Church hopeful missing feet return

By Roger Moroney

After the destruction and terror of the 1931 Hawke's Bay earthquake an eagle, in what was once shining brass but blackened by flames, rose like a phoenix from the rubble and ashes of the shattered Cathedral of St John Cathedral in Napier.

It was all that survived the great tremors and the fires that followed - but as acting Dean Bishop John Bluck explained, not quite all its valuable limbs were recovered.

Two of the two-metre high eagle and stand's four supporting feet, made in the shapes of crouching lions, went missing from the rubble.

"The eagle needs to land," Bishop John said, adding that rumours had persisted over the past 82 years, and even recorded in two official histories of the cathedral, that the "maned pair" of feet were taken by a looter.

Albeit a kindly one who took them for safekeeping back at his or her home, until the day the cathedral was rebuilt.

The cathedral was rebuilt and re-opened, but the two brass lions failed to find their way back and the eagle statue has teetered since.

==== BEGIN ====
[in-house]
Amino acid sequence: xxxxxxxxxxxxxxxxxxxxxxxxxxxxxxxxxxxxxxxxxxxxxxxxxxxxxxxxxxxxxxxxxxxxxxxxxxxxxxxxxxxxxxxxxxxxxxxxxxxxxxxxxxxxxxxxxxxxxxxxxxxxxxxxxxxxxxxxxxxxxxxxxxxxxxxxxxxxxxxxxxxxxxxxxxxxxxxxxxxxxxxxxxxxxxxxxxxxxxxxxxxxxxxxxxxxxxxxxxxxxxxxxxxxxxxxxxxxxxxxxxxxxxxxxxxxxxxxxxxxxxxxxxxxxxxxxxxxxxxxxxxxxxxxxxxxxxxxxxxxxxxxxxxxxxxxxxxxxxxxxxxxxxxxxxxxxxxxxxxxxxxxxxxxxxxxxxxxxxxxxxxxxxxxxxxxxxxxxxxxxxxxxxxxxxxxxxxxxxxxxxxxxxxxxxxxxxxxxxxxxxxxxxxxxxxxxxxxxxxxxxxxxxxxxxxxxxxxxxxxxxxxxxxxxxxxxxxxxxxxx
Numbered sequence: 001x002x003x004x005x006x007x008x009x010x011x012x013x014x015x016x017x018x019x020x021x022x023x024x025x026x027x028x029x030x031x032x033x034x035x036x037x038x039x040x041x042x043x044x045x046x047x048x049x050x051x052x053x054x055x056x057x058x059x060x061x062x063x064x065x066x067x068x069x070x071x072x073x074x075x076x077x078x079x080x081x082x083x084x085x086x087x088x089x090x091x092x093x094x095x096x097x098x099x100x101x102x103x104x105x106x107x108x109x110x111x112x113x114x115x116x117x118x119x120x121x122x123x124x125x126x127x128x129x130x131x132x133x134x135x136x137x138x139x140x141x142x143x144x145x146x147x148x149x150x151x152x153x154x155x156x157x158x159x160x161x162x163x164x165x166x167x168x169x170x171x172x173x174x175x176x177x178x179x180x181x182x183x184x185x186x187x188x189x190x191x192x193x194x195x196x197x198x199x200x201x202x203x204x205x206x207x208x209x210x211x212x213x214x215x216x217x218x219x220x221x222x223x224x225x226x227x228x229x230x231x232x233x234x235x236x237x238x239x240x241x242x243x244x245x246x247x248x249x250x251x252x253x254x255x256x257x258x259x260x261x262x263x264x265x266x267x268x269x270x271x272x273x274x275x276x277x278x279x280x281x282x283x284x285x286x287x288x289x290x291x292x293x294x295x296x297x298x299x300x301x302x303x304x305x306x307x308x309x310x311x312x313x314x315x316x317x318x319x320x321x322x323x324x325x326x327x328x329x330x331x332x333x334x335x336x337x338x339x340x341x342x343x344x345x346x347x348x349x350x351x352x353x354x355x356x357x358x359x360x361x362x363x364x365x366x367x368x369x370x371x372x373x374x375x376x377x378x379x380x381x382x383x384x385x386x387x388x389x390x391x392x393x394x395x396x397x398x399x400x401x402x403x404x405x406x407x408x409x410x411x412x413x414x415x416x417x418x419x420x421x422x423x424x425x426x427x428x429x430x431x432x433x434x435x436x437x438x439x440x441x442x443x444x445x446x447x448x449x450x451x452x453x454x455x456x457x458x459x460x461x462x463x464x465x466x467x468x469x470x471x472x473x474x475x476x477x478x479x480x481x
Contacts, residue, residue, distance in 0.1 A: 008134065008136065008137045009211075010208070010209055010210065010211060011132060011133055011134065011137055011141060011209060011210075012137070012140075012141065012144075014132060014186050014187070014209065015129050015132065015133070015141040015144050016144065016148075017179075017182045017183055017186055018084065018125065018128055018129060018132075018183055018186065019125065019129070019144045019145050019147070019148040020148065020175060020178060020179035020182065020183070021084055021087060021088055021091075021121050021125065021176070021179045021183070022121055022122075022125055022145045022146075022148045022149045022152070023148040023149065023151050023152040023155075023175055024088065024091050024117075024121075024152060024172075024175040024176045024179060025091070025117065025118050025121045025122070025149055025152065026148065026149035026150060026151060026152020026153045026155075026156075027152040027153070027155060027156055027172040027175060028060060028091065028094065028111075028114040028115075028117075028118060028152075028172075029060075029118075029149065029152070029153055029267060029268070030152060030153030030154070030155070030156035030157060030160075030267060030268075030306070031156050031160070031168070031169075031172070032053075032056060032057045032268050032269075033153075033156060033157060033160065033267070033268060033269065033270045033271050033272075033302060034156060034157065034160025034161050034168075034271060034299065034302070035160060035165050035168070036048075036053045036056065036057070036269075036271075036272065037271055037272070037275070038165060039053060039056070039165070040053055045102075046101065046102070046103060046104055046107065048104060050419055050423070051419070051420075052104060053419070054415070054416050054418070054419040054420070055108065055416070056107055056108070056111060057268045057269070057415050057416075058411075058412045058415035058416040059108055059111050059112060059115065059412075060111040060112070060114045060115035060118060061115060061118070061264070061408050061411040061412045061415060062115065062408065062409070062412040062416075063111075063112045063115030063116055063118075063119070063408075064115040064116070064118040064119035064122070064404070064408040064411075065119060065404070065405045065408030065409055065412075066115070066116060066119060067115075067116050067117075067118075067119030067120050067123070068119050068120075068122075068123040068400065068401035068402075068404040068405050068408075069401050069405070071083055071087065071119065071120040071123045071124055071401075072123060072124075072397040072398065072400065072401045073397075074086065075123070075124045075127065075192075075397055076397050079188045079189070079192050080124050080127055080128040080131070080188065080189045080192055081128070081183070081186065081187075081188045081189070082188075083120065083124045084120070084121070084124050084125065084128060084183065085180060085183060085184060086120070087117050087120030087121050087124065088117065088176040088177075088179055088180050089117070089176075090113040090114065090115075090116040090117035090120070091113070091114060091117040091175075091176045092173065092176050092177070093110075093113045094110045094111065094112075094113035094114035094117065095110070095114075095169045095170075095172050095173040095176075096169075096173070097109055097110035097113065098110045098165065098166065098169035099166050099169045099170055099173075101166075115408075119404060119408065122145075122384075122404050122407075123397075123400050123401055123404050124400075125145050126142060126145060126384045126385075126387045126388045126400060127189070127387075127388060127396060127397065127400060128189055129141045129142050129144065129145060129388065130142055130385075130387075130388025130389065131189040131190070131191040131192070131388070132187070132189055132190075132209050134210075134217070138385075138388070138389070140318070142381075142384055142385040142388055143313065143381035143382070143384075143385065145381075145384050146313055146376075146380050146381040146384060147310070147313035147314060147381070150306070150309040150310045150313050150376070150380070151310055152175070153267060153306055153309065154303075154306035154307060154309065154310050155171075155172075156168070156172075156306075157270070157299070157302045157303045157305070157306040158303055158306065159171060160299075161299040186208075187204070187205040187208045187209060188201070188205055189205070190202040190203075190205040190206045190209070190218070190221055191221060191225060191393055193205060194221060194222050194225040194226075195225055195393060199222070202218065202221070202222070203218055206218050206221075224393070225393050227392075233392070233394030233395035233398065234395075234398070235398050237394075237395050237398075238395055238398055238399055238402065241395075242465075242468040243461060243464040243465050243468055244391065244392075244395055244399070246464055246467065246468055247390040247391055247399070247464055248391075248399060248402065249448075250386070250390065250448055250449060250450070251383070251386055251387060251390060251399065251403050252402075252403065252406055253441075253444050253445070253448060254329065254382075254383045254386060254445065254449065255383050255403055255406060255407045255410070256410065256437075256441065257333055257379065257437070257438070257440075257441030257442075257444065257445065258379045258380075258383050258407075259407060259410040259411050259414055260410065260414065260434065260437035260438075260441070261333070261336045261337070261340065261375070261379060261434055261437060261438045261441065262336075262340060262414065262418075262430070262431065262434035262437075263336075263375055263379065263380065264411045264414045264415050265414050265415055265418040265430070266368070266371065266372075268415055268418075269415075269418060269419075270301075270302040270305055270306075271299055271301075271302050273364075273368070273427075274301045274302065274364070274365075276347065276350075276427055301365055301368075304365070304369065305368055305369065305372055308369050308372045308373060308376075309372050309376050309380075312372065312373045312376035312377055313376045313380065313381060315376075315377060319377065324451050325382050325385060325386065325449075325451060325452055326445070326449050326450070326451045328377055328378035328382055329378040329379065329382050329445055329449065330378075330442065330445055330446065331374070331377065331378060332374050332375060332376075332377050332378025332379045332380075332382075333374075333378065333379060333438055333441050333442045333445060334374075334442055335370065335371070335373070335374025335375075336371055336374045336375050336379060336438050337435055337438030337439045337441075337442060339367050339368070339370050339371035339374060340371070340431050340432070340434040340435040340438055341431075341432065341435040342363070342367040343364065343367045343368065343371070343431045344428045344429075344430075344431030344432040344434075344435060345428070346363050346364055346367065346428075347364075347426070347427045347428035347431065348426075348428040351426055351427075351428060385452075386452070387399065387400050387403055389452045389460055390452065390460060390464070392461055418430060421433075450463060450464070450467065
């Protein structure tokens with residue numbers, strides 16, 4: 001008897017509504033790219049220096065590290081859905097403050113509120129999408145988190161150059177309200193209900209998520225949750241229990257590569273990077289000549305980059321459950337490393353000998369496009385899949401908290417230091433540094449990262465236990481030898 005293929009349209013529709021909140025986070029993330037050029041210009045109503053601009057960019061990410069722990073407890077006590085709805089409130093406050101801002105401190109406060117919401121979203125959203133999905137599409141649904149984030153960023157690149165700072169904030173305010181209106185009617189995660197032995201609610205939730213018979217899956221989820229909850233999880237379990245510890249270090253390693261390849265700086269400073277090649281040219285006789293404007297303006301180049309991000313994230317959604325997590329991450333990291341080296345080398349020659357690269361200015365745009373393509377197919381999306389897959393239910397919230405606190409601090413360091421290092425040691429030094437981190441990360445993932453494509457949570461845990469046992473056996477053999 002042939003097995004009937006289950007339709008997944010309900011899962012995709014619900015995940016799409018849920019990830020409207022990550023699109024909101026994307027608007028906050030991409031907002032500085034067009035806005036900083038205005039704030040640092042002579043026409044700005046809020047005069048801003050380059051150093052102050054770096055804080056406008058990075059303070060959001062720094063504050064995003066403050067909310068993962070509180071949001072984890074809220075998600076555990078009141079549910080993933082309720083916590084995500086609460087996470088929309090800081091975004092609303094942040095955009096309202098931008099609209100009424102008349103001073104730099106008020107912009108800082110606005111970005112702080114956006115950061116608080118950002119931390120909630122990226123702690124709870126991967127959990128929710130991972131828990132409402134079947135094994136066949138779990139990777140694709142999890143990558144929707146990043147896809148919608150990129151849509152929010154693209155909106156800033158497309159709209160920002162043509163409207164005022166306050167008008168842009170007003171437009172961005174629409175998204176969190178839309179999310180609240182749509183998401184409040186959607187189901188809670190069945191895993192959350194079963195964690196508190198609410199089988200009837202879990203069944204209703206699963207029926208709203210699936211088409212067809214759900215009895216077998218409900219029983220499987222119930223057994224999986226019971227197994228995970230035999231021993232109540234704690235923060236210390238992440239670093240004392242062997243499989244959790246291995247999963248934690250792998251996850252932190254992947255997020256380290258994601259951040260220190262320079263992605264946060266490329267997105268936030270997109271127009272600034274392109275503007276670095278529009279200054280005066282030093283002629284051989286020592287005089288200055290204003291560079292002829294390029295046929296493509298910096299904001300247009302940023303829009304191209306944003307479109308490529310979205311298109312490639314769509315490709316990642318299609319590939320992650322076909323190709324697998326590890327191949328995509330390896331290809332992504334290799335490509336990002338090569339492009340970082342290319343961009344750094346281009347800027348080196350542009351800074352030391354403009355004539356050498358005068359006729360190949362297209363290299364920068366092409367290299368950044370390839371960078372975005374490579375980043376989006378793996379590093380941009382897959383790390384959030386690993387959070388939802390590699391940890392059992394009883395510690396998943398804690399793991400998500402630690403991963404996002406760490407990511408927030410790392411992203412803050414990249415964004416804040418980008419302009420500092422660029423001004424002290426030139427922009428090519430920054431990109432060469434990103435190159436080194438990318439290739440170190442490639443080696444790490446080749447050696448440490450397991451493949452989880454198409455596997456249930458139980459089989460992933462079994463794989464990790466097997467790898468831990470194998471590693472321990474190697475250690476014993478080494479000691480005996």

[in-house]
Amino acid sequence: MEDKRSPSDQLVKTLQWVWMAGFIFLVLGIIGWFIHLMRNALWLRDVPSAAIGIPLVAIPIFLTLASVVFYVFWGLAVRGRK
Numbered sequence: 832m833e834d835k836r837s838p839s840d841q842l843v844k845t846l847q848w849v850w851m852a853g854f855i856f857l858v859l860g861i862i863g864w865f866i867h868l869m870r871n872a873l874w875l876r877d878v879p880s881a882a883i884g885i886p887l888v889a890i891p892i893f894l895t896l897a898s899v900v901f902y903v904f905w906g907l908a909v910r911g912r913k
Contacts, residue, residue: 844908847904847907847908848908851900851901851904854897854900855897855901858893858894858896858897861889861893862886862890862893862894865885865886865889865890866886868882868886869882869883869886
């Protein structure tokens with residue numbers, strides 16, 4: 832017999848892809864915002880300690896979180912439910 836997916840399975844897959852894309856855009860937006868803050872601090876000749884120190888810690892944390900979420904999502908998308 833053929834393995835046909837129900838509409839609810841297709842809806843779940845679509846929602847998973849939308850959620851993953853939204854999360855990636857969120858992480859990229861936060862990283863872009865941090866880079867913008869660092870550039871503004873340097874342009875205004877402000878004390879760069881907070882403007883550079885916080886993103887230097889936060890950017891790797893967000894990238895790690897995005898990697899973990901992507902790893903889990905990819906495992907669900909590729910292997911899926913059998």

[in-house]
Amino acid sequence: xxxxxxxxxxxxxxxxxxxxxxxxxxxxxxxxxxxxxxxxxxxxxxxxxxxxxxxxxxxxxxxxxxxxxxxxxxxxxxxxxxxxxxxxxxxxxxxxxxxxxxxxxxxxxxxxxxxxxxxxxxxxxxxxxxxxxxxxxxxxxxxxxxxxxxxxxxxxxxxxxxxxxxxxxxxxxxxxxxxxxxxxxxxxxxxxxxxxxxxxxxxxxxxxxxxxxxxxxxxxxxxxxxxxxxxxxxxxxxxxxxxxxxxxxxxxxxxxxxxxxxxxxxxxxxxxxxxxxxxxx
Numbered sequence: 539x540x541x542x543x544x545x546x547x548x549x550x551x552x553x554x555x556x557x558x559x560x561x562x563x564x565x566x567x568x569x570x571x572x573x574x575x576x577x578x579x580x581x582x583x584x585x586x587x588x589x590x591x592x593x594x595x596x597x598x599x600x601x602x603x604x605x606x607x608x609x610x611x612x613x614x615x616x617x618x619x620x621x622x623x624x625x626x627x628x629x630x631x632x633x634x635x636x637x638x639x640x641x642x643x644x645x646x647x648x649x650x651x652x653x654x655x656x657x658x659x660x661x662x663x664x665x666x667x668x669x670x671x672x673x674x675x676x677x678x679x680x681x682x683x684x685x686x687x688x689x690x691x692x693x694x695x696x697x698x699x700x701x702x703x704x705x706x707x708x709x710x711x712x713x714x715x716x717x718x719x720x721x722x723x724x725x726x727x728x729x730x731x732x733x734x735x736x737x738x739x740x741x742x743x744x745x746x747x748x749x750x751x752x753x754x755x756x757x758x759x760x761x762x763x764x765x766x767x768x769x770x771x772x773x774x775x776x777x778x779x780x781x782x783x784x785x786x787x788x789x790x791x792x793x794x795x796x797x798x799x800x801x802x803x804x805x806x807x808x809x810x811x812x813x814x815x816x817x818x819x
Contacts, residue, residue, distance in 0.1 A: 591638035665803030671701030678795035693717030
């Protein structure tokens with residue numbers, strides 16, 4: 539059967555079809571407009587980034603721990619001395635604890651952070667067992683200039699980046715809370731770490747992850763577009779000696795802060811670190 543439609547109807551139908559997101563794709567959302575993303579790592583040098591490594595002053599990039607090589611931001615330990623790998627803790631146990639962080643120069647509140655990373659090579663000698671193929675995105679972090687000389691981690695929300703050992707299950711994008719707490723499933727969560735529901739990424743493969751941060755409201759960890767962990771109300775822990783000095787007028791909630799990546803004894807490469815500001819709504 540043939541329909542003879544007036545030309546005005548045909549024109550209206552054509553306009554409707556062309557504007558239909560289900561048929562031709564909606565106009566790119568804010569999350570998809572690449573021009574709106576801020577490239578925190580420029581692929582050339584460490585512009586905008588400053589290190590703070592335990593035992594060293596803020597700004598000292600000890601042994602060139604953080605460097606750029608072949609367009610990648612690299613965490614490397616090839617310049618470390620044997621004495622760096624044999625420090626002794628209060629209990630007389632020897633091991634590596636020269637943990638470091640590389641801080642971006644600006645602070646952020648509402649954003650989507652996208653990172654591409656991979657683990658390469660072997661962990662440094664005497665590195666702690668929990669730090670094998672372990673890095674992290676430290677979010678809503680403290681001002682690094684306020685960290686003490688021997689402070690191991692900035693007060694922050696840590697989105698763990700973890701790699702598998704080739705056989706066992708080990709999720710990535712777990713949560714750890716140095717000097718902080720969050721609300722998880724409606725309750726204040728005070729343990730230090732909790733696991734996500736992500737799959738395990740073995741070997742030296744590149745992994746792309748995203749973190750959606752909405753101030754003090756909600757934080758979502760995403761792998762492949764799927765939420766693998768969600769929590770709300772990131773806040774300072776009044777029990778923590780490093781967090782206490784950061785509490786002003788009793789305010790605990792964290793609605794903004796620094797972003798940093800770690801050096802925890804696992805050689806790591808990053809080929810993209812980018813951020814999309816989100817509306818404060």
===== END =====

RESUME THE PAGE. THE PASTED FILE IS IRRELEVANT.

"It has often been alluded to that someone out there may know of their whereabouts."

Bishop John, who is acting dean until former Dean Helen Jacobi's replacement arrives later in the year, said the timing for the return of the lion's feet was now ideal. "What better present for for a new dean than a pair of happy feet."

So the church has declared a season of unconditional amnesty in an attempt to get the 108-year-old statue, once described as the finest piece of church furniture in the colonies, fully restored.

"All that's needed is to drop the little brass beauties back inside the cathedral in a brown paper bag and no questions will be asked or charges laid. In our view, two lions in the stand is worth more than 10 in the bush ... and the eagle will be very happy."

Bishop John speculated that the lion's feet may be in someone's home decorating a mantelpiece, acting as a door stop of bookending a row of novels. "Somewhere they are waiting patiently to return to their proper home and their proper job - of keeping an eagle off the ground."

With a smile he also speculated the present generation who may have come across them may have no idea where they came from. "Maybe they thought their grandparents or great aunts would never think of dealing in illegal pets."

But none of that mattered any more, he said, reiterating that unlike the two missing lions an amnesty was in place. "The congregation simply want their animals to come back to where they belong."

- Hawkes Bay Today

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